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Are You Considering Moving To Leasehold Accommodation?
Confused about the differences between leasehold and freehold accommodation? This guide breaks down the complexities of being a leaseholder.
There are 4 million leasehold properties in England with the majority being flats. If you’re considering purchasing accommodation which is leasehold, you may be confused about the legalities of the process and wish to know a little more about what it entails. Speaking to your conveyancing solicitor is job one, to make sure you understand the individual terms of the property you’re hoping to buy. This guide will help you understand more about your rights as a leaseholder.
Who Legally Owns The Property?
In terms of legal ownership, there are two options available in England; either you have a leasehold property or a freehold property. As a leaseholder, you don’t actually own the property, nor the ground it stands on but rather you have bought an extended right to reside there. The freeholder owns the property and associated land, meaning that you’ll need to pay them charges in order to live there.
Leases may seem long, usually much longer than you’re planning to reside in the property yourself. But having a lengthy lease is incredibly important when it comes to the resell potential of your accommodation. Leases are usually between 99 to 125 years, although you may find some as long as 999 years, or some as short as 45. If you’ve got your heart set on a property but your conveyancing solicitors Essex team discovers that there’s less than 80 years on the lease, then you may need to rethink the purchase. Additionally, your mortgage lender may also decide that you’re not eligible to take out funding on a property with this type of short lease.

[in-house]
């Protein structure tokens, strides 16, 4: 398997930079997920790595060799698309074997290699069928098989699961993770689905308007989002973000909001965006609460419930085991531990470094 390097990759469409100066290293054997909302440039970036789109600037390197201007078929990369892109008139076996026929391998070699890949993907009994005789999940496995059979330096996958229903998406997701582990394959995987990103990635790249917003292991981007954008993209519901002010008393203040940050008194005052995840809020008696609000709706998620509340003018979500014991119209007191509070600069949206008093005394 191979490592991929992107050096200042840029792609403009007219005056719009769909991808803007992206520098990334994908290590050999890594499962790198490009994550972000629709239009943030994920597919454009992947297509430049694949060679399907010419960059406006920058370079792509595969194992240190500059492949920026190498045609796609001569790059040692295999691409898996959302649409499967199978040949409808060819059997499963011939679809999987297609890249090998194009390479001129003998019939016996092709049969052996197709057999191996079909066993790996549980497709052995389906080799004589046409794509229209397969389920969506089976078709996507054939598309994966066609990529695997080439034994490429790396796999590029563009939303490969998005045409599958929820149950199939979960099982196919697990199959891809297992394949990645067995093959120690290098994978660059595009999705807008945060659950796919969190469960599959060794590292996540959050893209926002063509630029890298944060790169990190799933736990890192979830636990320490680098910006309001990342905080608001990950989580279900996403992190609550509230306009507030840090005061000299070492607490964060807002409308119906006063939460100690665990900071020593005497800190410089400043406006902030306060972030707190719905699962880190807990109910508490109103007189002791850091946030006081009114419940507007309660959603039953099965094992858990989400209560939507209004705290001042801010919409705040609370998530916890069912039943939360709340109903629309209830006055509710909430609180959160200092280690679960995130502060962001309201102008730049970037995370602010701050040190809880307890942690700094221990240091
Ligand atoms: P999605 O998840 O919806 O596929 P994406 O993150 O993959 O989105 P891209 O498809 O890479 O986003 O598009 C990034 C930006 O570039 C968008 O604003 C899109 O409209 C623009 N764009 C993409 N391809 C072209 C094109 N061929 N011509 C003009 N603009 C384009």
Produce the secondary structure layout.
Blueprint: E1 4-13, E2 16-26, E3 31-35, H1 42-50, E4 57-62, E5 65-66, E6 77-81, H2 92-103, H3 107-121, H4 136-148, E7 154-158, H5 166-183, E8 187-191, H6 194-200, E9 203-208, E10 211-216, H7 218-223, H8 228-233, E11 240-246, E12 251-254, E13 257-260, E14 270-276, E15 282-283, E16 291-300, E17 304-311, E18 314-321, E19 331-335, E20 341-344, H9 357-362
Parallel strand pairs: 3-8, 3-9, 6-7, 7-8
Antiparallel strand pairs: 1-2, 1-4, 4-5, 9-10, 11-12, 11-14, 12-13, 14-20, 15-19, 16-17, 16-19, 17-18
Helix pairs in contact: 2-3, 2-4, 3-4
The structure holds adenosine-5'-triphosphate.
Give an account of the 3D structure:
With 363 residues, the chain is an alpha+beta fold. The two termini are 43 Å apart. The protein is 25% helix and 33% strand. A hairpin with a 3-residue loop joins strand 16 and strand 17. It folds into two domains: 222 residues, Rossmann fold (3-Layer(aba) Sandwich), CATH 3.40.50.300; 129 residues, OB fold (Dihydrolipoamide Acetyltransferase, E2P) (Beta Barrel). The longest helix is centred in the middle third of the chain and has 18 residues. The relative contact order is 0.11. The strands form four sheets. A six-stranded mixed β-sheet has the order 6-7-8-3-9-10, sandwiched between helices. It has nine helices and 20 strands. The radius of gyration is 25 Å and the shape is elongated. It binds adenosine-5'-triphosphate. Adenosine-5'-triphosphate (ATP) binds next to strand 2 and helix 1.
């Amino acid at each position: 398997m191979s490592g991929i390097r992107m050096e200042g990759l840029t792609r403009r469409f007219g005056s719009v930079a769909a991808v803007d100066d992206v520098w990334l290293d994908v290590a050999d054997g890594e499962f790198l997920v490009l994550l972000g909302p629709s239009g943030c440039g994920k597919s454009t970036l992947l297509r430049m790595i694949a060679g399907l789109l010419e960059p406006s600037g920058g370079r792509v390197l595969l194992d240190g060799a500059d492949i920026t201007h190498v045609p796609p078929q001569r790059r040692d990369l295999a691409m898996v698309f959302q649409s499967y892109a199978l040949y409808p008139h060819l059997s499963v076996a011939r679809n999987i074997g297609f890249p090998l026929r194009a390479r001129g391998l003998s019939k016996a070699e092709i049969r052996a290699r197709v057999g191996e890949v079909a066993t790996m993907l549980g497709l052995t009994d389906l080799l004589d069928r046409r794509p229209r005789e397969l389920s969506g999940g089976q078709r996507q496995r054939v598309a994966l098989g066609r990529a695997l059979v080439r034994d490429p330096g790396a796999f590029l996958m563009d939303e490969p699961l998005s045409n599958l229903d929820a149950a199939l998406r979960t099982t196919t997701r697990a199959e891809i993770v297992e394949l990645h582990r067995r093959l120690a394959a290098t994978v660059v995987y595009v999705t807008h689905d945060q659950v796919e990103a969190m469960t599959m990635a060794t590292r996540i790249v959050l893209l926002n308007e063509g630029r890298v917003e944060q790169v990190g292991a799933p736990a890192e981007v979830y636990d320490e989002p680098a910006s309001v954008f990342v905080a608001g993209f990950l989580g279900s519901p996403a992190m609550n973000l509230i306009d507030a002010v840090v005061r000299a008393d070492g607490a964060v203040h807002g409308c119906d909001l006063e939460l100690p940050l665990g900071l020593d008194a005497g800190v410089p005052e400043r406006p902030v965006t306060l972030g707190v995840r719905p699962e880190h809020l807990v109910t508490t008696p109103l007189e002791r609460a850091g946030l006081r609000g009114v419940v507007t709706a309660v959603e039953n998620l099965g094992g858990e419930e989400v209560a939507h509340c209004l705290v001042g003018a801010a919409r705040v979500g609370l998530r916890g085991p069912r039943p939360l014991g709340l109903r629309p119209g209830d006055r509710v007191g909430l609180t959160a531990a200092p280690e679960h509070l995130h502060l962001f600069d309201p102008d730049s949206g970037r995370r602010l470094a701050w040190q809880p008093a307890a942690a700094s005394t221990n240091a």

If you have been living in your property a while and wish to extend the lease in order to increase the resell value and potential, it’s important to be aware that this is not usually a cheap top-up charge. It will often cost you five figures to extend your lease, and the shorter it is, the more the lease cost will be.
Ground and Maintenance Fees
If the lease length is ok and everything else about the property still appeals to you, it’s time to drill down into the financial figures to ensure that you can afford the costs associated with being a leaseholder. You will need to pay a ground rent to the freeholder, which should be reasonably affordable, but be aware that they have the right to increase the rent due. If your leasehold property is a flat within a communal building, then it’s typical for a managing agent to be responsible for maintaining these areas and then charge the leaseholders a split of the bill. You might expect to pay for communal cleaning, utilities, and any repair work that is necessary. Always ask to see a breakdown of the last few months or years maintenance costs to ensure that they’re both reasonable and affordable.
Where leaseholders are unhappy with the managing agent appointed by the freeholder, they can legally exercise the statutory right to takeover the running of their property by setting up a Right to Manage company.
Leasehold properties can represent an excellent investment as well as providing you with a wonderful home to live in for years to come. But due to the individual complexities of such accommodation, it’s essential to seek specialist legal advice from a conveyancing solicitor before you commit to exchanging contracts.